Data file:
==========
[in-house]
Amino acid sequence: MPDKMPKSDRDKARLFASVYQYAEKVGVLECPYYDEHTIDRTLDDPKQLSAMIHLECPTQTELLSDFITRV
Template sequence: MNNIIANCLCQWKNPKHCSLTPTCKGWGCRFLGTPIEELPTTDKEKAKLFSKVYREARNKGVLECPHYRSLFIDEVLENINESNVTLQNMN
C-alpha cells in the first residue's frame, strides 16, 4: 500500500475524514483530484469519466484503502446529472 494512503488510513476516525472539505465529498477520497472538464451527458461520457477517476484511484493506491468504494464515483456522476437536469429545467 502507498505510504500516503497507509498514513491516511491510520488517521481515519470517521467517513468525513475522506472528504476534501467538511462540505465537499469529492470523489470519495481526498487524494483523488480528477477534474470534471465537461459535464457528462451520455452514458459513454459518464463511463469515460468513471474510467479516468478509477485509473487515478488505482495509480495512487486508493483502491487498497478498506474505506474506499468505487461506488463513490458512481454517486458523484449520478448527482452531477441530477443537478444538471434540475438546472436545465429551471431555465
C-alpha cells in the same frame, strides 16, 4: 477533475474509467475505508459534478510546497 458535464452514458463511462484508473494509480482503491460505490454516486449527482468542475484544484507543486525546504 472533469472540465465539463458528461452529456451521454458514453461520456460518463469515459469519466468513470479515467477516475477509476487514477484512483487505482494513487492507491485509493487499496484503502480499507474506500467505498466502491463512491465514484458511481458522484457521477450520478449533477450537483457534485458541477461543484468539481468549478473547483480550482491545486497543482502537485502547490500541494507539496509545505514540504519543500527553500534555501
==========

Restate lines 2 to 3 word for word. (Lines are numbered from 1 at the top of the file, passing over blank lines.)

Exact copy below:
Amino acid sequence: MPDKMPKSDRDKARLFASVYQYAEKVGVLECPYYDEHTIDRTLDDPKQLSAMIHLECPTQTELLSDFITRV
Template sequence: MNNIIANCLCQWKNPKHCSLTPTCKGWGCRFLGTPIEELPTTDKEKAKLFSKVYREARNKGVLECPHYRSLFIDEVLENINESNVTLQNMN